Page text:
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SIT’s Steve Wandiga discusses the public health challenges and opportunities of COVID-19
June 25th, 2020 | COVID-19, SIT Graduate Institute, SIT Study Abroad
For Steve Wandiga, the coronavirus pandemic presents some fascinating opportunities.
As academic director of the SIT Study Abroad programs Kenya: Global Health and Human Rights and Public Health in the Tropics Internship, and co-chair of SIT Graduate Institute’s new MA in Global Health, Dr. Wandiga sees possibility where others might not.
Students and researchers are going to learn a lot about working remotely, international cooperation, and COVID's impact on public health in Kenya and Africa, he predicts.
"I'm optimistic," he says with a reassuring smile during a Zoom interview from Kisumu, Kenya, where he also serves as a senior research officer at Kenya Medical Research Center (KEMRI).
Although life in Kenya has been disrupted—schools and universities closed in mid-March—Dr. Wandiga is excited about SIT's upcoming five-week virtual summer internship program, which is online this year for the first time as a result of the global crisis.
When asked about what that will look like, Dr. Wandiga says it will be “intense.” The five-credit program includes: an internship seminar; lectures; weekly meetings with an internship advisor; weekly journaling; plenty of practical experience in public health; and a final presentation. The virtual internship will also be offered in the fall semester as a 12-week, 4-credit program.
Dr. Wandiga says SIT students will gain valuable experience engaging with Kenyan public health officials and practitioners while working with actual field data from a local teaching hospital or lab. At the end of the internship, he says, students will give presentations about their experiences.
It’s a meaningful opportunity even though students won't be able to take in the sights and sounds of Nairobi or Mombasa or visit nearby Uganda or Rwanda.
In addition to lectures and the seminar from local specialists, students will learn about more than the current COVID-19 crisis and the effects of the virus on Kenya's population of more than 47 million.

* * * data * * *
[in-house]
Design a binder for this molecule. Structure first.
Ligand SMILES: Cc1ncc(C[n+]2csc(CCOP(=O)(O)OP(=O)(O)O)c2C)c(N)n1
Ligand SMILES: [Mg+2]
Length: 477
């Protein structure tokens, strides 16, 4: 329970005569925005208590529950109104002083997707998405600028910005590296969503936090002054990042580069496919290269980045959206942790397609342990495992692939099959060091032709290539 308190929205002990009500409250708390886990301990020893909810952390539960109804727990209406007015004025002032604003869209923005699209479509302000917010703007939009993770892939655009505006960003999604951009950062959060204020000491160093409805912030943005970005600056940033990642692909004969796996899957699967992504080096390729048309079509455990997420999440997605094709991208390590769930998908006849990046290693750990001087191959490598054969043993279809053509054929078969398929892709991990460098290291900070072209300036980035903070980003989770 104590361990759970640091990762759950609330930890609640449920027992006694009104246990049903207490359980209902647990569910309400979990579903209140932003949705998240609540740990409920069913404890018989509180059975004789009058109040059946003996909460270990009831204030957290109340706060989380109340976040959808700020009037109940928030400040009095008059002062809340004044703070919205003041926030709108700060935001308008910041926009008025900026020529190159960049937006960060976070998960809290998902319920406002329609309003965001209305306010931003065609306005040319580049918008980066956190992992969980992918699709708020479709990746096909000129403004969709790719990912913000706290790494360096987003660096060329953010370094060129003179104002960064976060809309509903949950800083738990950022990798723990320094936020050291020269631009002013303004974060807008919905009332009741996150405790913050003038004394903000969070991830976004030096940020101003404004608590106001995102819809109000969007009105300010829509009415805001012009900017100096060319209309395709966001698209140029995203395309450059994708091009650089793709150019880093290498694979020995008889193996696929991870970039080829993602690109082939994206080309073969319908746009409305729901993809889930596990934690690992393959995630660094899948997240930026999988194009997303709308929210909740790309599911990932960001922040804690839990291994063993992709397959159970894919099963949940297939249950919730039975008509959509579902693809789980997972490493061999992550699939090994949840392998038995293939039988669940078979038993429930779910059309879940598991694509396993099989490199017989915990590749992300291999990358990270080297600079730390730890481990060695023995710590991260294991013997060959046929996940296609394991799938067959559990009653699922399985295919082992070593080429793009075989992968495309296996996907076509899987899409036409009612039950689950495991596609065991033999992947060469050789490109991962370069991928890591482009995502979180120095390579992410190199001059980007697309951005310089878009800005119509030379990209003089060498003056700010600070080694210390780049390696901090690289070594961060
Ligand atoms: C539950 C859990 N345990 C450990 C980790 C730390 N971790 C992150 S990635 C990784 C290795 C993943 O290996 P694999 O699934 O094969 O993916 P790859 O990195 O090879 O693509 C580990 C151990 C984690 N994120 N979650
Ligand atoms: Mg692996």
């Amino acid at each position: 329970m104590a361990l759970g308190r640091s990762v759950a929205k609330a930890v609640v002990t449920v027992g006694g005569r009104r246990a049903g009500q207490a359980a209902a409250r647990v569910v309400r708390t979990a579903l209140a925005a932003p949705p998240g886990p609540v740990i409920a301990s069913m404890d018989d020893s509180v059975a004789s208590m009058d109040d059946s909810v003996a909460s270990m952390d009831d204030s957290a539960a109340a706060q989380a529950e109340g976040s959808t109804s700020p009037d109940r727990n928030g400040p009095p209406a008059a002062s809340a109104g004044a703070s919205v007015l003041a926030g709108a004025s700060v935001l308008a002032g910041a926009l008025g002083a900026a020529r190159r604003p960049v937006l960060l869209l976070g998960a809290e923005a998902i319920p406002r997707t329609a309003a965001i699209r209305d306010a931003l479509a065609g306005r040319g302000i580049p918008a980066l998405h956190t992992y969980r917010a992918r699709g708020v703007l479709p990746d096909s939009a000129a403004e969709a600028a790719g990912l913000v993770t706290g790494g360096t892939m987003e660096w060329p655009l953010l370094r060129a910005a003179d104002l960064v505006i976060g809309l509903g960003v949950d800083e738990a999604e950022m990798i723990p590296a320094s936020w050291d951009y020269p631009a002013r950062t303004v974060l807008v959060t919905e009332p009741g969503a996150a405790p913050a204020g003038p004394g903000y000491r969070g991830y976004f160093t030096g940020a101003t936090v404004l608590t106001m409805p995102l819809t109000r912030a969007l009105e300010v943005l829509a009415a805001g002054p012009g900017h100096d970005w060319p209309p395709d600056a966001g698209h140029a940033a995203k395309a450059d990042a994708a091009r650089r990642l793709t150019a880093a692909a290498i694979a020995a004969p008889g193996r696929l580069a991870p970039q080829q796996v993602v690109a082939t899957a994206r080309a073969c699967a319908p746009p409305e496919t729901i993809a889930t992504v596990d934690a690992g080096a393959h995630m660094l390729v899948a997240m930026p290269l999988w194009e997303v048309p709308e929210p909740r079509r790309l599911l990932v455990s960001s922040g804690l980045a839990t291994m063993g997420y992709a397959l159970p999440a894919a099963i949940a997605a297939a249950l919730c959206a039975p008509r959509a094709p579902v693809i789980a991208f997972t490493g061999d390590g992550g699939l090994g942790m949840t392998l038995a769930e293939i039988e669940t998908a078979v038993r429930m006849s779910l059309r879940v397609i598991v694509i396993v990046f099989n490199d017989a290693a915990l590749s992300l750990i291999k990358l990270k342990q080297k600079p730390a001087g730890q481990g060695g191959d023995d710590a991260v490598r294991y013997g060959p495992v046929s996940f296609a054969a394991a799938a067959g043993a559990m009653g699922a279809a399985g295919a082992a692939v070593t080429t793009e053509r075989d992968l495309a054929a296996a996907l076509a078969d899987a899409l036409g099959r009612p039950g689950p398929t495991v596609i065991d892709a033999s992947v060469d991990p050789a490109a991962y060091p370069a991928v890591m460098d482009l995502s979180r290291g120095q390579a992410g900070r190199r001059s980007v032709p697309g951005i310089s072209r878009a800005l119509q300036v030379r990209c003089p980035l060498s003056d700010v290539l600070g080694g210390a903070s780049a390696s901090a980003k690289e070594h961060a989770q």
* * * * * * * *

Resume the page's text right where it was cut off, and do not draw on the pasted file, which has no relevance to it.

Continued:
"A lot of attention is given to COVID, but there was life before COVID and life during COVID," says Dr. Wandiga, who is an expert in tuberculosis and HIV.
One impact of the pandemic, he says, is that people have been staying away from hospitals when they need treatment for other infectious diseases due to fear they'll contract the virus.
"TB services have gone down. HIV testing is down. Family planning is down," he notes. "Attention is given to COVID at the expense of other public health issues."
But he is also starting to see creative responses to deal with these concerns, like giving a patient HIV medication for two months when appropriate.
Dr. Wandiga says the program curriculum for SIT’s new Masters in Global Health has also been updated to include the COVID-19 crisis.
He adds: “The COVID-19 pandemic influences the delivery of SIT’s Global Health Master’s program simply because it is novel and no one has been in this kind of virulent environment before and running the program like COVID-19 did not happen would be a disservice to program students.”
Dr. Wandiga says this program is uniquely positioned because faculty are global health experts active in the field and share hands-on experience with students.
“We deliberately designed it this way so that theory and practice fused into one in the program,” he explains.
Projects, a practicum and a capstone are also distinguishing program features that bring together students and subject matter experts for conceptualization, implementation to analysis and writing.
The Master of Arts in Global Health Policy, Administration, and Management is open to students with public health degrees and other degrees with health-related backgrounds, as well as those with quantitative (statistics) and qualitative (social science or anthropology) degrees.
Dr. Wandiga, who holds a doctorate in medical research from Ludwig Maximilian University in Munich, Germany, believes researchers and graduate students will be studying health outcomes of this period for years to come, not least because goals like eliminating polio will need to be revisited all over again.
The weather in Kenya hasn't made things any easier in managing public health. There's been a lot of rain, causing flooding that leads to waterborne diseases like cholera, and forcing people out of their homes during the pandemic is hindering observation of regulations such as social and physical distance thus further propagating the crisis.
While some statisticians predict that the coronavirus will peak in Kenya in September, Dr. Wandiga expects it could spike sooner, in July or August.
"Not all is lost," says Dr. Wandiga, unexpectedly cheerful. "There are cross-country opportunities to learn from one another such as U.S. -Kenya: best practices, communication about the virus in Africa and North America, and a Madagascar drug treatment.” ("What, you don't know about it?" he asks incredulously, and like the passionate educator he instructs me to look it up when we finish talking, which I dutifully do. It's a drink dubbed "Covid Organics,” believed to be a treatment and cure for the virus.)
Comparison studies and exchange of information is a two-way street, Dr. Wandiga reminds me.
"All of this gives us an opportunity to come out of this better and stronger," he adds.